In this workshop, we’ll discuss strategies for organizing your time effectively, focusing especially on techniques for establishing and implementing a productive writing routine.

    We’ll primarily address how to cope with completing a long-term writing project but also consider how these strategies can be used for juggling smaller, multiple projects.

    Light refreshments will be provided.

    Registration is not required. Seating will be available on a first-come, first-served basis.

  • Library Resources for Researching Thesis and Dissertation Topics
    Time and Location: Friday, September 21 from 9:00am to noon, MC 2.524.

    This is the second workshop of a 2-part series sponsored by the Office of Graduate Studies and the McDermott Library to support graduate students who are currently working on or about to begin their thesis or dissertation proposals.

    In Part 2, McDermott Library will lead a hands-on session focused on using library resources, government documents, and other source materials to uncover existing research that supports a thesis or dissertation topic.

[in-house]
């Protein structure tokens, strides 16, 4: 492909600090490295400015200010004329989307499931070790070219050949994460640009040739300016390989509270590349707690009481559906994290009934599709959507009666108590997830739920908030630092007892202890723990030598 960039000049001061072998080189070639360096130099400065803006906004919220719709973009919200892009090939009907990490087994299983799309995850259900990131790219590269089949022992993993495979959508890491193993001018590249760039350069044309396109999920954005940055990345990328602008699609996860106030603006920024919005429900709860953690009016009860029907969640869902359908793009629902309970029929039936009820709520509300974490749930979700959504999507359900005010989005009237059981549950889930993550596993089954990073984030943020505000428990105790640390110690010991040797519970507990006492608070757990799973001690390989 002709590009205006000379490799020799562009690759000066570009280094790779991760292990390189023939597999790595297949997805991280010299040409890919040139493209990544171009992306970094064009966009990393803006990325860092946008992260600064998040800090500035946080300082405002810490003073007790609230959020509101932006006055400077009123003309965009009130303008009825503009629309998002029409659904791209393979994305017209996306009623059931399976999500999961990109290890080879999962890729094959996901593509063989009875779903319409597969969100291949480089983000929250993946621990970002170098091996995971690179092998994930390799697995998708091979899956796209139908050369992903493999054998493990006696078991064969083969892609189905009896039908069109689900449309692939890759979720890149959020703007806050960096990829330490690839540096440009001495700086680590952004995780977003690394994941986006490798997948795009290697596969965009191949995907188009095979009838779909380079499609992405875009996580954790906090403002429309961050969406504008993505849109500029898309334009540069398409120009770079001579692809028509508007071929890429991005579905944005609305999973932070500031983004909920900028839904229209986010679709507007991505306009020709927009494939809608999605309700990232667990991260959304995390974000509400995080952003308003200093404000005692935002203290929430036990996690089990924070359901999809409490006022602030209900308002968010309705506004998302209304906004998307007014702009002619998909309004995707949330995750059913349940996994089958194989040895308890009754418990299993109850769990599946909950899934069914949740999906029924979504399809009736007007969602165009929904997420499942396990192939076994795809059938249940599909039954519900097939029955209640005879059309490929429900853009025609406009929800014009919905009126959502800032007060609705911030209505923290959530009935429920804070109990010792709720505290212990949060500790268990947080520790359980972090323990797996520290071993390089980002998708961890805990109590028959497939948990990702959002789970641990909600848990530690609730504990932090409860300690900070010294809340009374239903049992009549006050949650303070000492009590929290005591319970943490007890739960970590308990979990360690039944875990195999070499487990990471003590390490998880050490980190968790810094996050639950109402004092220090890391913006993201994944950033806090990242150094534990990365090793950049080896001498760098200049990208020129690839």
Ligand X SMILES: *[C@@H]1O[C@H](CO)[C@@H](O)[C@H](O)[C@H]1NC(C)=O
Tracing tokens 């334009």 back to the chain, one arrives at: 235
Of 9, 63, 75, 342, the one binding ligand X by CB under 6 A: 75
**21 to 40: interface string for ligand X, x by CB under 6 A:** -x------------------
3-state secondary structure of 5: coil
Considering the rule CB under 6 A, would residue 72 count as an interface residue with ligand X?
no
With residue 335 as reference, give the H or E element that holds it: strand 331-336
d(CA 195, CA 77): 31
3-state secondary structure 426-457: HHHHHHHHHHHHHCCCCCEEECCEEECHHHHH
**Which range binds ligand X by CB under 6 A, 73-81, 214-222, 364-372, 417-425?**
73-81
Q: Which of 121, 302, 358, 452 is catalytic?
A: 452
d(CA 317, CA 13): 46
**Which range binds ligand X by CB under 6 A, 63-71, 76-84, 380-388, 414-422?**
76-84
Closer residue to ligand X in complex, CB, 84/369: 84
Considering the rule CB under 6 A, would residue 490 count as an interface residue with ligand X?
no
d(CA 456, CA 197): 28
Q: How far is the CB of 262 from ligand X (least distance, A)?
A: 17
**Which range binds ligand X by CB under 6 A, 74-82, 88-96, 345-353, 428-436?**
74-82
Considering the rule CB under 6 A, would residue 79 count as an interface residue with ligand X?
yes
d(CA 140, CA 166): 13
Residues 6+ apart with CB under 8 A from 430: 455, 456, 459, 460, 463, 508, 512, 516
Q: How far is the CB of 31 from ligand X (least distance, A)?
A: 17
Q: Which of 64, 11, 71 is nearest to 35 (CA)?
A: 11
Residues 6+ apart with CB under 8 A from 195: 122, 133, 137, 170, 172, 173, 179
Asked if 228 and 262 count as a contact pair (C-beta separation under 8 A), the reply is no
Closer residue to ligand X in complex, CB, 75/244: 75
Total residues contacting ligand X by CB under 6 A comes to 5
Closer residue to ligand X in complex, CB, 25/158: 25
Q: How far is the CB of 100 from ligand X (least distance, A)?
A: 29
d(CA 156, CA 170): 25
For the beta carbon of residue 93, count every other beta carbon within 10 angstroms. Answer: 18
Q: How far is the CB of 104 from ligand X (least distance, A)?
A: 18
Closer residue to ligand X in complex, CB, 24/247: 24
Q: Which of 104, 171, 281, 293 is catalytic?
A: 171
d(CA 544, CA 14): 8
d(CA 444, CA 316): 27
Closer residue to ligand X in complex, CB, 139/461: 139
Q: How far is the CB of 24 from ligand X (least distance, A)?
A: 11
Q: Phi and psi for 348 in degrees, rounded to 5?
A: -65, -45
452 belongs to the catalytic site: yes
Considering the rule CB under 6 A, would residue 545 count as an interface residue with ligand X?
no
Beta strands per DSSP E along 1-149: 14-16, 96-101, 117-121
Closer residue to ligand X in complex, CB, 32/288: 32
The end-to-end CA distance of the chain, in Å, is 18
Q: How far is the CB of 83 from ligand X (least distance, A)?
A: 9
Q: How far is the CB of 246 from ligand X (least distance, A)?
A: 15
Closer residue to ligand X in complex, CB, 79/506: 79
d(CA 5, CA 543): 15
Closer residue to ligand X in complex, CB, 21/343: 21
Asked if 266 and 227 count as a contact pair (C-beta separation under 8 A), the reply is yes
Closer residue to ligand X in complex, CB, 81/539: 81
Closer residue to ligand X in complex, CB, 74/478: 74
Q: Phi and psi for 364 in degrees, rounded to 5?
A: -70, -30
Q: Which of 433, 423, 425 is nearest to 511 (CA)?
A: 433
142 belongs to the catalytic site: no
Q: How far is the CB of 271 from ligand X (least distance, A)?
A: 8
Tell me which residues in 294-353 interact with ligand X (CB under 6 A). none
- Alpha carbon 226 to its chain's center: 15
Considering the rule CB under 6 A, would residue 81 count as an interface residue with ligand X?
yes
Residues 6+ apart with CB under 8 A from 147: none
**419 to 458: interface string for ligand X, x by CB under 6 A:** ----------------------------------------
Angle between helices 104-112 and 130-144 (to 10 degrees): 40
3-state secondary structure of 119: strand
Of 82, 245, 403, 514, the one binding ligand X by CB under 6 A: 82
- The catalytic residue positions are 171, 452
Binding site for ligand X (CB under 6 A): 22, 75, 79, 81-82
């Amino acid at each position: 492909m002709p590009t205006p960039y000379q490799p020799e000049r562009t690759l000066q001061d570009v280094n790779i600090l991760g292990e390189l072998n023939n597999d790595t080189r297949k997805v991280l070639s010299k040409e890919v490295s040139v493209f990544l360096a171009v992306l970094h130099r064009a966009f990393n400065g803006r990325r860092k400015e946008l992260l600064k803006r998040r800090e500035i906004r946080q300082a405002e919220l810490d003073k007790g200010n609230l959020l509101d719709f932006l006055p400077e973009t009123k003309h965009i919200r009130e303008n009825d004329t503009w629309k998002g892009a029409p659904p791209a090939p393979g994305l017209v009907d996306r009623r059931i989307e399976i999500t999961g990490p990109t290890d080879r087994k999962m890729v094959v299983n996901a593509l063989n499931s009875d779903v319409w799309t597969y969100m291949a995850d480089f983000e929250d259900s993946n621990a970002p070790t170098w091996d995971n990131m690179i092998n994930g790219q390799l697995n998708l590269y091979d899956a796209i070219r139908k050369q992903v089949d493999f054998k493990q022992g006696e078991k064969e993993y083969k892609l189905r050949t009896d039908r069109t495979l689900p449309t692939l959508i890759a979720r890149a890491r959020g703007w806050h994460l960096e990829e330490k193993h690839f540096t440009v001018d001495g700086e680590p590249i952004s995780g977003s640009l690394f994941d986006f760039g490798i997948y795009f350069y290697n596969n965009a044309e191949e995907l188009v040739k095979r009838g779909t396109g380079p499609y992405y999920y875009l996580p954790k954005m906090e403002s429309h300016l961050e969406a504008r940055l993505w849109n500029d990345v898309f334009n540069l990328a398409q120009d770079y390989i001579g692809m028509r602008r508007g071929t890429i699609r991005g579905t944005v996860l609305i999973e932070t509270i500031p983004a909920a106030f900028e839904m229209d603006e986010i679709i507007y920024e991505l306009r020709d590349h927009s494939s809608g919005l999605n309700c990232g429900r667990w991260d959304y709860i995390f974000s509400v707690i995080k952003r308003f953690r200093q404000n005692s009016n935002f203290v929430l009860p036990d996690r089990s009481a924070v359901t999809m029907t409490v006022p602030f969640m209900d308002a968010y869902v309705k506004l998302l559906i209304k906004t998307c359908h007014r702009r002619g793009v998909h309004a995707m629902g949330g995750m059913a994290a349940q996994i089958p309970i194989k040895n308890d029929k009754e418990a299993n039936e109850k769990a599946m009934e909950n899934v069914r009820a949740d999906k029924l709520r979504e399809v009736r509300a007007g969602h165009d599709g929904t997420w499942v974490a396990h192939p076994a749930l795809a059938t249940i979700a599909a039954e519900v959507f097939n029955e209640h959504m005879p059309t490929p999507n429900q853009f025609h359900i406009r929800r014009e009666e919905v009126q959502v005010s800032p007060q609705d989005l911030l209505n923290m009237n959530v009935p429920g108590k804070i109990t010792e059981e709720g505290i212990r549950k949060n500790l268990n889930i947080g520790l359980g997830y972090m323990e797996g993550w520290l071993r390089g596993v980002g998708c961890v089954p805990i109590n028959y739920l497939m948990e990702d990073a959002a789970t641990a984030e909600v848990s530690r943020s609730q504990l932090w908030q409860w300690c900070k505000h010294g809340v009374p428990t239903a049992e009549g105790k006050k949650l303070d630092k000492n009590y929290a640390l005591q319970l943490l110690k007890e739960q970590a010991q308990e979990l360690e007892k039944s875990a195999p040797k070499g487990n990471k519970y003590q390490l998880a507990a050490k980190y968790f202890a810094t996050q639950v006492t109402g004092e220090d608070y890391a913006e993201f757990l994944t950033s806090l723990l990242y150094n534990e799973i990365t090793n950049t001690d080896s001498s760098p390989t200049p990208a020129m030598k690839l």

Registration is required. For more information and to register for Part 2, please visit the Library Events page: https://www.utdallas.edu/library/about-the-library/events/

    Other events in this series: Part 1, Writing the Thesis and Dissertation Proposals, which is presented on Friday, September 14, from 9:00 a.m. to noon. A separate registration is required to attend Part 1 of this workshop. To register for the first part, go to https://utdallas.qualtrics.com/jfe/form/SV_cuQdmoByskKepGR

    Students are welcome to attend either or both parts of this series.

October

  • Writing the Literature Review, Part 1
    Thursday, October 11, from 2:30 to 4:00 pm, FA 2.206

    This two-part workshop focuses on writing about research within the context of the literature review.
  • In Part 1, we will discuss the purpose of the literature review, methods for establishing its scope, and best practices for managing and organizing your research sources.

    Light refreshments will be provided.

    Registration is not required.

    Other events in this series: Writing the Literature Review, Part 2 will take place on Thursday, October 25, from 2:30 to 4:00 p.m. in FA 2.206.

    Students are welcome to attend either or both parts of this workshop.

  • Writing with Style, Part 1
    Friday, October 12, from 10:00 to 11:30am, FA 2.206

    This two-part workshop covers fundamental principles of academic writing. It is designed to help graduate students improve their writing by reviewing and applying a range of strategies based on concepts of effective communication.

    Please note that the purpose of this series is not to address grammar issues but to discuss strategies for improving prose style.